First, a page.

Weighing in at 4 kilograms and standing a proud 22 centimetres tall, this is the world's first portable digital camera. In 1975, Steve Sasson and his team at Kodak's Elmgrove plant in Rochester, New York, cobbled it together from existing Kodak parts and other state-of-the-art technology.
Their heady mix included a lens from a Super 8 camera, the early home-movie camera recently popularised in a J. J. Abrams movie of the same name; what was then a new charge-coupled device (CCD) for converting light into digital signals; a digital cassette recorder; and 16 nickel-cadmium batteries. The resulting images were black and white and had a resolution of 10,000 pixels - a mere 0.01 megapixels in today's parlance.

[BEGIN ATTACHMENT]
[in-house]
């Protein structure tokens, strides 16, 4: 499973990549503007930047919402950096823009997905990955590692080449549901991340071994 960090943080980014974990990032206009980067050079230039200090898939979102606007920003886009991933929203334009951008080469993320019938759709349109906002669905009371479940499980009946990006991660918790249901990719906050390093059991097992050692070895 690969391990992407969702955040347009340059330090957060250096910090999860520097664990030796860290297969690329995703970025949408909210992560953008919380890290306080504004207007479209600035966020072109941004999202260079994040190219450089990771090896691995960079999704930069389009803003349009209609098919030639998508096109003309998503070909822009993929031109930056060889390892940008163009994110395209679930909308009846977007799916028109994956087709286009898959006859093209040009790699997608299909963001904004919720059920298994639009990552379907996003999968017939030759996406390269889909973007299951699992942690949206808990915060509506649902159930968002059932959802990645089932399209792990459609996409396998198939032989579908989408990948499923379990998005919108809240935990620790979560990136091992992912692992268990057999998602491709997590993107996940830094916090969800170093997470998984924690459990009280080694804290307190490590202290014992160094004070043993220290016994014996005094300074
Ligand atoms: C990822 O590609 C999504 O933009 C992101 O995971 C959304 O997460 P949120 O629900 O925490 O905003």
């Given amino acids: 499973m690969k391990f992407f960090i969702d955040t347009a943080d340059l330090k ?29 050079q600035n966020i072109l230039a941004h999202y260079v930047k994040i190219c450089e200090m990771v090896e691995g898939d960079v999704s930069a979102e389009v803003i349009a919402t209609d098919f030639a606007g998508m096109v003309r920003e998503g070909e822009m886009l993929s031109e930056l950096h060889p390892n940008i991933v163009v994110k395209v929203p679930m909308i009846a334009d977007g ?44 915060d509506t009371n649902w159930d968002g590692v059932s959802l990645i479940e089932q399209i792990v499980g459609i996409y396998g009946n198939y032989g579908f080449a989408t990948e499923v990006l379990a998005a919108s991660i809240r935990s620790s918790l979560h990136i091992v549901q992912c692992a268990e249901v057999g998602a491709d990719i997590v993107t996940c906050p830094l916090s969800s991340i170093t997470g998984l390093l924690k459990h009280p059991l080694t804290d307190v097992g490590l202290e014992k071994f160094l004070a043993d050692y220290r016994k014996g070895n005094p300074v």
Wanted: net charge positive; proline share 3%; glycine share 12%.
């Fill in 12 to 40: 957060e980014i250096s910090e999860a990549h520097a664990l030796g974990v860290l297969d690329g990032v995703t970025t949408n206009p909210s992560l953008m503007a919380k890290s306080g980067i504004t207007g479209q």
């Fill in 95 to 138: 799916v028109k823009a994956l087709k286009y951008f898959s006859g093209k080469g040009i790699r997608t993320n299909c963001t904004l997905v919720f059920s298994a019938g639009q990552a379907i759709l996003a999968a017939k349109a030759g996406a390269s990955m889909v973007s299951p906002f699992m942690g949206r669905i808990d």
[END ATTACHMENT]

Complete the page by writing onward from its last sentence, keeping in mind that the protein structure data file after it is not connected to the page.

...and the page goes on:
Actually viewing them was a lot more work, and required heftier equipment. It took 23 seconds for the CCD to record to the cassette. The cassette then had to be removed and placed in a chunky custom-made device that sent the image to a TV set.
The system was truly ahead of its time. When Sasson showed it off to colleagues at Kodak, he was asked: "Why would you want to look at photos on a TV?" But Sasson revealed he was aware of its potential in a 1977 technical report: "The camera described in this report represents a first attempt demonstrating a photographic system which may, with improvements in technology, substantially impact the way pictures will be taken in the future."